Lawsuits: Michigan State is biased against males in sex assault cases
More than three years of missteps in handling sexual assault cases has made Michigan State University swing the pendulum from not believing victims to now discriminating against male students, three lawsuits allege.
The suits — which include one by a former MSU football player — allege the male students involved were found "guilty" by the administrative investigative system simply because they were male. The suits go on to allege the university has deprived those students of their due process rights by not allowing them a live hearing with the chance to cross-examine their accusers as mandated by a federal court ruling last year.
"All three cases have a common thread," said attorney Andrew Miltenberg, who represents the men suing the university in all three cases. "In essence, the university has made a gross overreaction to (the Larry Nassar) debacle."
The cases, all filed in federal court, are:
• The Keith Mumphery case. The former MSU football player and former NFL player sued MSU after the Free Press reported on him being thrown off campus on accusations of violating the school's sexual conduct policy. Mumphery was then cut by the Houston Texans. Mumphery was initially found not to have violated the policy in a sexual encounter with a female student. However, the federal Office of Civil Rights mandated the case be reopened and, a year after the incident, MSU reversed its decision and found consent was not given. The female involved in the case also has sued MSU alleging missteps.
• On Dec. 20, a male student filed a suit over an incident that took place when he was a sophomore at MSU. The incident took place at a fraternity "beer olympics" event on Feb. 23, 2018. Five days later, the female student filed a complaint against the student, which was investigated by an outside investigator hired by MSU to help with a backlog of sex assault claims. The suit alleges the investigator was a former sex crimes prosecutor and was biased against the male student and approached the case as a prosecutor, not as an impartial fact-finder. The male student was found to have violated the conduct code and was suspended from MSU for two years. The student filed the case anonymously.
• On Dec. 26, a male student filed a similar case. The student was in his sophomore year at the time of the incident at the end of August 2017. The complaint centered on a male and female student who lived on the same floor of South Case Hall, attended a fraternity party together and then returned to the dorm. The female student filed a complaint against the male student, who was also found to have violated the code and was dismissed from school. The student filed the case anonymously.
The lawsuits also say MSU failed to give the male students due process by not allowing them to have a live hearing with direct cross-examination of their accusers. The federal 6th Circuit Court of Appeals ruled in September 2018 in a case involving the University of Michigan that when issues of credibility are involved, there must be a live hearing with cross-examination.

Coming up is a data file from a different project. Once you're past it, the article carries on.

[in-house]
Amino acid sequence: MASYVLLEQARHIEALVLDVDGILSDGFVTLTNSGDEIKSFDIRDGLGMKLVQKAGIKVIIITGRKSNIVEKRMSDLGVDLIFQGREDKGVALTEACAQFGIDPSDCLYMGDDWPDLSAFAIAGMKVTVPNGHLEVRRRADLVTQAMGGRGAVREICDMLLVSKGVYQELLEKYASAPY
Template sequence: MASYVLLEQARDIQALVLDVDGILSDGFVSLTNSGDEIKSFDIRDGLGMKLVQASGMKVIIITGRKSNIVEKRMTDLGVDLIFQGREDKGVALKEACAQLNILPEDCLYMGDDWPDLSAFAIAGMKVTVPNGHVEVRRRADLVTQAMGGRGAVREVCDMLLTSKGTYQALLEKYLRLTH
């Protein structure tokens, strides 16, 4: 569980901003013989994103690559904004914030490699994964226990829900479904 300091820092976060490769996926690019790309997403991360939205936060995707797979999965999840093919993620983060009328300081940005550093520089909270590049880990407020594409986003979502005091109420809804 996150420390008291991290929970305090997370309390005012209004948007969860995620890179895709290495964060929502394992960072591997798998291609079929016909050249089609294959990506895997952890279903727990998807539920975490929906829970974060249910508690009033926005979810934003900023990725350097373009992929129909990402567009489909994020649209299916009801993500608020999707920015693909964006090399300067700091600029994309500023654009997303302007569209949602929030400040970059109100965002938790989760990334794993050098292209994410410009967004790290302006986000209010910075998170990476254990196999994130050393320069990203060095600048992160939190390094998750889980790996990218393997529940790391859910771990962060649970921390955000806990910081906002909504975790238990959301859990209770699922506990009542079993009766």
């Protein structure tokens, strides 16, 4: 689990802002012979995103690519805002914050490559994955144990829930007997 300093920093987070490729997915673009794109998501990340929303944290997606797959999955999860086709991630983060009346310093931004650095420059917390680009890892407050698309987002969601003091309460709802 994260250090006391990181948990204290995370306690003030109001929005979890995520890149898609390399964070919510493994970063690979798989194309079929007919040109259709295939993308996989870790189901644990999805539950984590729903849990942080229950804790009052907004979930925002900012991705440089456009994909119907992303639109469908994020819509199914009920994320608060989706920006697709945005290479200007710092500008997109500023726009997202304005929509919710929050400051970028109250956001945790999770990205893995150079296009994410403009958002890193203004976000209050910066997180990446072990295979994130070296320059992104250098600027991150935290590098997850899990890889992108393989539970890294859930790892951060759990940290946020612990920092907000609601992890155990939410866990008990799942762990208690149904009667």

MSU declined to comment on the specifics of the cases. However, then-interim President John Engler told the Free Press in mid-January, before he resigned, MSU isn't going into these cases believing the male student is guilty.
"I think that is a bit unfair and certainly overly broad in its generalization," he said. "We have not swung too far."
That's not the view of those suing the school.\
"The already heated campus climate concerning sexual assault reached its boiling point in spring 2018, when (male student) was being investigated for rape," the Dec. 20 lawsuit said. That was in the midst of the fallout of the Nassar scandal, where activists and sexual assault survivors were blaming MSU for not stopping Nassar when they first knew he was sexually assaulting female athletes. MSU officials, in turn, were repeatedly promising to take action against those committing sexual assault. The federal OCR, which had issued a scathing report in 2015 critical of MSU's handling of sexual assault cases, had also launched two more investigations.
"It was, in part, because of the pressure being exerted by OCR and because of the bad publicity surrounding the University, that the University sided with (the female student) over (the male student) in what amounted to a simple he said she said credibility contest," the Dec. 20 lawsuit said. "Plainly, the University simply did not want another situation in which it could be perceived as ignoring the complaints of women on campus.
"Michigan State has repeatedly conducted gender-biased investigations, conducted unfair procedures and imposed disproportionate sanctions against male students accused of misconduct."